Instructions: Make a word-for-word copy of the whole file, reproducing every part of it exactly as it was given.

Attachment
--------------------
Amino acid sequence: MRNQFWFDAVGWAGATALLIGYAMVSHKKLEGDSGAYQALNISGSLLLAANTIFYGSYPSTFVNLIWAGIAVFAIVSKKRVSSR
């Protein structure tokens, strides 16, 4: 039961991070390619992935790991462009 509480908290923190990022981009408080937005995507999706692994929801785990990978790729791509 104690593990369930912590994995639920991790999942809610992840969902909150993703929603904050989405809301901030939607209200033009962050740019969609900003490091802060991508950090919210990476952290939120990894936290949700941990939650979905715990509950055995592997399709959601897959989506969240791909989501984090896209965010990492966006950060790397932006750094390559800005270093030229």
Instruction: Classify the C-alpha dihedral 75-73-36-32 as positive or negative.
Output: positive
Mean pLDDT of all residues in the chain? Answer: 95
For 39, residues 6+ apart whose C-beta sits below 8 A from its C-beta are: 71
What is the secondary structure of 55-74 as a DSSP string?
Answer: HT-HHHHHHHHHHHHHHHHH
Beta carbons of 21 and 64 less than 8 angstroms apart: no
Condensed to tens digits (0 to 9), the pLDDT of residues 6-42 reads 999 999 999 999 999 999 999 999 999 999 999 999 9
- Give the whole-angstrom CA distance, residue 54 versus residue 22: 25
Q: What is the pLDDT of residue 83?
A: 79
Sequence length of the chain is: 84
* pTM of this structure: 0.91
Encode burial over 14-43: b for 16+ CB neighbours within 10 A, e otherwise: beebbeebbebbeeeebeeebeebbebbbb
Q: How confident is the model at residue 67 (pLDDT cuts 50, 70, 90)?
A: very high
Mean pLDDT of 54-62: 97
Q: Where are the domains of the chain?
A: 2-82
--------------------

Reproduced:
Amino acid sequence: MRNQFWFDAVGWAGATALLIGYAMVSHKKLEGDSGAYQALNISGSLLLAANTIFYGSYPSTFVNLIWAGIAVFAIVSKKRVSSR
């Protein structure tokens, strides 16, 4: 039961991070390619992935790991462009 509480908290923190990022981009408080937005995507999706692994929801785990990978790729791509 104690593990369930912590994995639920991790999942809610992840969902909150993703929603904050989405809301901030939607209200033009962050740019969609900003490091802060991508950090919210990476952290939120990894936290949700941990939650979905715990509950055995592997399709959601897959989506969240791909989501984090896209965010990492966006950060790397932006750094390559800005270093030229």
Instruction: Classify the C-alpha dihedral 75-73-36-32 as positive or negative.
Output: positive
Mean pLDDT of all residues in the chain? Answer: 95
For 39, residues 6+ apart whose C-beta sits below 8 A from its C-beta are: 71
What is the secondary structure of 55-74 as a DSSP string?
Answer: HT-HHHHHHHHHHHHHHHHH
Beta carbons of 21 and 64 less than 8 angstroms apart: no
Condensed to tens digits (0 to 9), the pLDDT of residues 6-42 reads 999 999 999 999 999 999 999 999 999 999 999 999 9
- Give the whole-angstrom CA distance, residue 54 versus residue 22: 25
Q: What is the pLDDT of residue 83?
A: 79
Sequence length of the chain is: 84
* pTM of this structure: 0.91
Encode burial over 14-43: b for 16+ CB neighbours within 10 A, e otherwise: beebbeebbebbeeeebeeebeebbebbbb
Q: How confident is the model at residue 67 (pLDDT cuts 50, 70, 90)?
A: very high
Mean pLDDT of 54-62: 97
Q: Where are the domains of the chain?
A: 2-82